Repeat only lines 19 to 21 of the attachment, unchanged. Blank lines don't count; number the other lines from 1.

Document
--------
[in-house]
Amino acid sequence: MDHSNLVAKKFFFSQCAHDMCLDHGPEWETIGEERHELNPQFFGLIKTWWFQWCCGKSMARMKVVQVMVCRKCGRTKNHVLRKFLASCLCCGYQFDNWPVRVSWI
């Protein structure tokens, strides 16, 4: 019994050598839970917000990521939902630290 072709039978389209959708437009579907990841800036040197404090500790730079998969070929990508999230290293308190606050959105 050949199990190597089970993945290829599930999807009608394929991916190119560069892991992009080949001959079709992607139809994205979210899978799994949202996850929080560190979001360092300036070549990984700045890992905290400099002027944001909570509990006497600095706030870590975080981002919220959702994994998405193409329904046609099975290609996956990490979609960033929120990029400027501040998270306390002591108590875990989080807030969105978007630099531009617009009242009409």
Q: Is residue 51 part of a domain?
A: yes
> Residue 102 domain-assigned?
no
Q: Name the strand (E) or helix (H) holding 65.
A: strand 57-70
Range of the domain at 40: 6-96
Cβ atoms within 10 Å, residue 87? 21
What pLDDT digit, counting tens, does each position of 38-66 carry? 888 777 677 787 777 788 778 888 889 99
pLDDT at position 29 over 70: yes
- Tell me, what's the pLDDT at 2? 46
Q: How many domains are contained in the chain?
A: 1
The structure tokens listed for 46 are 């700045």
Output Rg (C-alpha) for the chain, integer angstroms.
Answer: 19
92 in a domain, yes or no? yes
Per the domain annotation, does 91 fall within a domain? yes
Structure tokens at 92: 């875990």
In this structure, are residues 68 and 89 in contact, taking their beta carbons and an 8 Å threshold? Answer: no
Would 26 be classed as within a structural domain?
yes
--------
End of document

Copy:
Answer: 19
92 in a domain, yes or no? yes
Per the domain annotation, does 91 fall within a domain? yes